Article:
Non-Target Montana Trappings

The term “non-target” has replaced the former use of the words “incidental” and “accidental” for those “unintended” trapped or snared. The majority of “non-targets” are caught in sets for coyotes which are completely unregulated in Montana. Snares are the leading cause of deaths.

The most commonly reported trapped non-target wildlife in Montana are mountain lions, e.g., averaging ~ 20 per year, with the overwhelming disastrous outcomes of being injured and killed. These mountain lions do not come off the hunting quotas!

The number of dogs reported trapped annually, ~ 35, in Montana often rivals the number of mountain lions. Trapped dogs though are now taking the lead for trapped non-targets. Some dogs die from snaring, conibears, and from trapping in general. Unlike the wildlife, these dogs generally at least have owners and if possible are helped, loved, and cared for.

To try to prevent raptors from getting trapped, Montana regulations require bait greater than 1 pound in weight that is visible from above be set 30 feet from the trap. Clearly, this isn’t working. Raptors, particularly eagles, are attracted to the bait as they scavenge along on the ground. How many trapped wildlife perish, never to be discovered, never reported? Meanwhile, wildlife rehabbers, veterinarians, FWP, you and we, pay for the destruction created by trappers comprising less than 1% of Montanans who purchase a trapping license. Yet, both the targeted and non-targeted pay with their lives. Trap Free Montana pays towards the medical and rehab costs of trapped non-targets.

The reported “condition” of the trapped non-target generally falls upon the trapper to decide. Other than two limited exceptions, we have no required trap check time interval in Montana. Trapped bobcat in designated lynx protection zones and wolves are permitted to suffer for up to 48 hours stuck in a trap, which is twice the recommended time, i.e., max 24 hours, to reduce injury. The others can be left in traps and snares in our state for days upon days, most even weeks.

Trapped animals suffer from dislocations, cuts, abrasions, loss of circulation, broken bones, mouth and teeth injuries, stress, starvation, dehydration, exposure to the elements, frostbite, and predation. Experts tell us after 24 hours in a trap, injury is a given. This is why trapping methodology differs by those that seek to learn and help the animal vs trappers that seek the fur or to destroy them. A trapped animal alive, running off, or flying away after release does not embody uninjured. The compounding evidence shows the future is bleak for those trapped and released.

The legalized snaring of wolves in Montana in 2021, will increase indiscriminate deaths. Even the monstrous foothold/leghold traps set for wolves have resulted in a lethal grip on big game species, such as deer. For the 2021/2022 wolf season, ~14% of the wolf trapping reported victims were not wolves, i.e., 7 mountain lions, 5 deer, 4 dogs, 2 moose, and 1 black bear were reported trapped/snared in sets for wolves. A minimum of 68% of these non-targets were injured or killed.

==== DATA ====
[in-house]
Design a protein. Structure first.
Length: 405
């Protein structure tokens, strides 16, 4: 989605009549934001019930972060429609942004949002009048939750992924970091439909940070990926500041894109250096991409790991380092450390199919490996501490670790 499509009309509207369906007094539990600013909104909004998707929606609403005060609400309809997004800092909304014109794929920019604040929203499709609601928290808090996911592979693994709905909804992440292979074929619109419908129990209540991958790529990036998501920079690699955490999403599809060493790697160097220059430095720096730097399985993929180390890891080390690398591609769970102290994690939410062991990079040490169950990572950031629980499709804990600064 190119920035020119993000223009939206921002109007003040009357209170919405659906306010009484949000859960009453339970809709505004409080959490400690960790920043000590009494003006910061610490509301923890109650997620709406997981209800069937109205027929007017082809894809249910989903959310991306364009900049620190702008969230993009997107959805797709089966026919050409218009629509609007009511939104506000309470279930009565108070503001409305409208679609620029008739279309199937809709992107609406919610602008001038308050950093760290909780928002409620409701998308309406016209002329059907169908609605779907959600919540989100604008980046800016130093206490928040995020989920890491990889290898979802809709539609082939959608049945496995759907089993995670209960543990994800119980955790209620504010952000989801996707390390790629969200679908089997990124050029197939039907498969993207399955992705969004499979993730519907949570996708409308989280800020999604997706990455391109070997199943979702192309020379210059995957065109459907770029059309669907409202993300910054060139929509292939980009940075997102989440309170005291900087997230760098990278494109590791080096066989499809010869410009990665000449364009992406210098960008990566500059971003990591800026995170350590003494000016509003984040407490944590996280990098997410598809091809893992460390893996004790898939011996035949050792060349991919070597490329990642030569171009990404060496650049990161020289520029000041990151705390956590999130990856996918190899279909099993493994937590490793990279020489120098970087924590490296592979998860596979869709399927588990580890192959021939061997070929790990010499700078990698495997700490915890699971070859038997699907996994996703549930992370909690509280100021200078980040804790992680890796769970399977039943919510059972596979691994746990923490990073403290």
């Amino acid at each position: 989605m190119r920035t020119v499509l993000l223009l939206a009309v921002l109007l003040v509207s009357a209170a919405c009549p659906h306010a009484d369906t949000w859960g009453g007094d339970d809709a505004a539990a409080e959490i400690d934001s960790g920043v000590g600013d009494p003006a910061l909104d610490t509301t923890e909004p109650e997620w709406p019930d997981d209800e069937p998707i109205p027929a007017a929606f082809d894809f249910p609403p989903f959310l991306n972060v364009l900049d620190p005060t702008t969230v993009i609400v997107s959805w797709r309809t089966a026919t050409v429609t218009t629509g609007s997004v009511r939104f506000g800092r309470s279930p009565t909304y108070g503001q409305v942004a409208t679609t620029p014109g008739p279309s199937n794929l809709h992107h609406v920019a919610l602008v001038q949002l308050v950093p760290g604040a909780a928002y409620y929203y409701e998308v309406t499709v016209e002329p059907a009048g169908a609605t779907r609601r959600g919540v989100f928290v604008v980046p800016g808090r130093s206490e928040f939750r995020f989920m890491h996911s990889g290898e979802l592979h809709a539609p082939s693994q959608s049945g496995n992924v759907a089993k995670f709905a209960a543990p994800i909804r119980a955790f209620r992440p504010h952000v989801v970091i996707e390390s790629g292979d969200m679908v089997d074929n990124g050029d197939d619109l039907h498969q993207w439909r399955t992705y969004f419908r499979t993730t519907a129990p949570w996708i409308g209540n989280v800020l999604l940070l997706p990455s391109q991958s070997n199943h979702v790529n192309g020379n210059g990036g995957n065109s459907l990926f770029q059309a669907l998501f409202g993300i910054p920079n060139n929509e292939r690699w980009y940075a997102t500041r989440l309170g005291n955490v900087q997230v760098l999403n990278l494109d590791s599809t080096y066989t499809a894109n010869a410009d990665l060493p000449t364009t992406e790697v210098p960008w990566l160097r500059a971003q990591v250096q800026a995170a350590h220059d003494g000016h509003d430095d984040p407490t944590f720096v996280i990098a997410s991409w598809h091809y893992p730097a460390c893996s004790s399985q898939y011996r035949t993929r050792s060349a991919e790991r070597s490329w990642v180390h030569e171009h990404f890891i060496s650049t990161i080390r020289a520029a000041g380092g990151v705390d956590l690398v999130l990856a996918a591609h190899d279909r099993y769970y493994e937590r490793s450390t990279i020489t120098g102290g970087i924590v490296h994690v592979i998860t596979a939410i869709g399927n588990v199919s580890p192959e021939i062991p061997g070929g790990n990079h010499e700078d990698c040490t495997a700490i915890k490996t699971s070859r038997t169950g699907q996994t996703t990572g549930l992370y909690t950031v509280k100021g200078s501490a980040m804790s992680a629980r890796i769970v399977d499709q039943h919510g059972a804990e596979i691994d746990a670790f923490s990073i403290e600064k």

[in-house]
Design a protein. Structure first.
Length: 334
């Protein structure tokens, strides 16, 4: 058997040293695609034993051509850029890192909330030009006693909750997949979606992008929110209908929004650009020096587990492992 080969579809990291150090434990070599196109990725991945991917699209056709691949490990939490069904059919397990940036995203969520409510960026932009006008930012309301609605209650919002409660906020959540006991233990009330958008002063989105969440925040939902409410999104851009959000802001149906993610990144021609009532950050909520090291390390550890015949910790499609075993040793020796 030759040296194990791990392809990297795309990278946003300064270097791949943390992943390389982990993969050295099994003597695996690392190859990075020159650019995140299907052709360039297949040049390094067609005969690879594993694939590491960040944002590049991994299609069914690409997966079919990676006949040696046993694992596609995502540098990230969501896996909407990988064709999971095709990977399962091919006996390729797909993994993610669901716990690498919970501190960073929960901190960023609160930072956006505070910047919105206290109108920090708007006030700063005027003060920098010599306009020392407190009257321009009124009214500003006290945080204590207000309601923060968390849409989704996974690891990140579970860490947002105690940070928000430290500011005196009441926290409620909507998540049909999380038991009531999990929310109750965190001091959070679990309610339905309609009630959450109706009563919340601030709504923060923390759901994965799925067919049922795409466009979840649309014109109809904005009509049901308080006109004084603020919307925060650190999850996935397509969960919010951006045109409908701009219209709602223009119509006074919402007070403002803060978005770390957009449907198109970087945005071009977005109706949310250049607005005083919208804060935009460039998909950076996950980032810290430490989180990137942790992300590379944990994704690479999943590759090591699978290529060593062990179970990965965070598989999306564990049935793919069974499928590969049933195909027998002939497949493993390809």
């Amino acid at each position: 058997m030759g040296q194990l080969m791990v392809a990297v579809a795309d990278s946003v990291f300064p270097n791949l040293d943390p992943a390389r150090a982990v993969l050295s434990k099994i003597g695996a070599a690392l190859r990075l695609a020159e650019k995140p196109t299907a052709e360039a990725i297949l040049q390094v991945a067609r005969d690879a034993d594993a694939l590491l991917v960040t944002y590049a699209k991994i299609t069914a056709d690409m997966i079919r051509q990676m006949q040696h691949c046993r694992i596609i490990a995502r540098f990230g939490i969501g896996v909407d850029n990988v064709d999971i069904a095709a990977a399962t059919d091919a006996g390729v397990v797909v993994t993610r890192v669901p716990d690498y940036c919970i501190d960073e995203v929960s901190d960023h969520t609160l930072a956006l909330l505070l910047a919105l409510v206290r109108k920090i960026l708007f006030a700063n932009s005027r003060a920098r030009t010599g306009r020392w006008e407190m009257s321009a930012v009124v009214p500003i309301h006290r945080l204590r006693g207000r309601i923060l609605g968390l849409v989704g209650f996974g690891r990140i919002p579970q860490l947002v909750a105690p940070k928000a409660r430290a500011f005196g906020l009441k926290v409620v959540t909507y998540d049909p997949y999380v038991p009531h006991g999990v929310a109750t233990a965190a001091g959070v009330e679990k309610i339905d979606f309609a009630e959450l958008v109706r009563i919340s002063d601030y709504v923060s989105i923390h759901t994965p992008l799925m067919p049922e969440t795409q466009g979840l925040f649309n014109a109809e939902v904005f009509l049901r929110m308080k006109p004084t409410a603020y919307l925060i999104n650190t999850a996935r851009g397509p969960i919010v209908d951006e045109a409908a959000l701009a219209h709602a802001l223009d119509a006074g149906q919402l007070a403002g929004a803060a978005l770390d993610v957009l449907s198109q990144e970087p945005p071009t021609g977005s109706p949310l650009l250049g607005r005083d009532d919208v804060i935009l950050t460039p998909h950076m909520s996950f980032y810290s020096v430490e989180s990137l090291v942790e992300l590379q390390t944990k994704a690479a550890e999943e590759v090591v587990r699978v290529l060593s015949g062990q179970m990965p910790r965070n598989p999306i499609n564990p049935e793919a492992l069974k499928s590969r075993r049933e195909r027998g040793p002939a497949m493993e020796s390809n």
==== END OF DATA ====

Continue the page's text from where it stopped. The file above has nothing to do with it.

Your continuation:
*2019 changes in the reporting of Montana trapped “non-targets” came about after our persistent complaints to the department and Fish & Wildlife Commission that only trapped “injured” or dead non-target wildlife had to be reported, unless caught in wolf trap sets.

The Montana trapping regulations now require the reporting of non-target trappings defined as “any animal that cannot be lawfully trapped, including domestic animals.”

Trapped Non-target Montana Wildlife Reports

Summary Non-Target Captures Report, 2018-2020

per Dr. Bob Inman, Montana Fish Wildlife & Parks, furbearer coordinator

Summary Non-Target Captures Report, 2018-2020

Incidental Captures 2012-2017 Report

per Montana Fish Wildlife & Parks furbearer coordinator, Bob Inman

Incidental Captures 2012-2017 Report

Non-Target Wildlife Captured in Wolf Traps Reported to FWP, 2012-2015

Graph of Non-Target Wildlife Captured in Wolf and non Wolf Traps Reported to FWP 2012-2015


Non-Target Wildlife Captured in Wolf Traps Reported to FWP, 2012-2015

Non-Target Wildlife Captured in Traps (non-Wolf Traps) Reported to FWP, 2012-2015


Non-Target Wildlife Captured in Traps (non-Wolf Traps) Reported to FWP, 2012-2013


Non-Target Wildlife Captured in Traps (non-Wolf Traps) Reported to FWP, 2013-2014


Non-Target Wildlife Captured in Traps (non-Wolf Traps) Reported to FWP, 2014-2015

FINDINGS based on the early reports received directly from Montana Fish Wildlife and Parks (FWP):
Non-targets in “non-wolf” trap sets: 63 non-targets reported in 15 months (10/26/13-1/24/15) 30% on private property Only 1 ILLEGAL trap set 71% DEAD

Non-targets included: A grizzly caught in a foothold for a coyote; 3 wolverines killed, including one in a foothold for pine marten and one in a conibear for bobcat; deer, wolverine, raptors, and mountain lion dead in snares; bobcats and fisher also killed in conibear traps for pine marten; otters killed in sets for beaver; lynx; multiple mountain lions dead in foothold traps for bobcat and a mountain lion killed in a conibear set for raccoon!

Non-targets in “wolf trap” sets: 21 non-targets. (12/19/12-1/21/2015) 1/3 on private property 1 illegal trap set

Non-targets included: A dead deer, a golden eagle, elk, a grizzly, lynx, and 16 mountain lions.

Up until ~ the 2019 furbearer regulations, NON-TARGETS were not required to be reported in Montana unless they were determined injured, the exception for lynx and ALL ANIMALS caught in sets for wolves, whether injured or not, were REQUIRED TO BE REPORTED.

Forensic evidence confirmed mountain lion paw remains in a wolf trap set, MB 750 foothold, authentic. Montana April 2015

Severed off Mountain Lion paw found in trap set for wolves in Montana

Read more about the Mountain Law paw.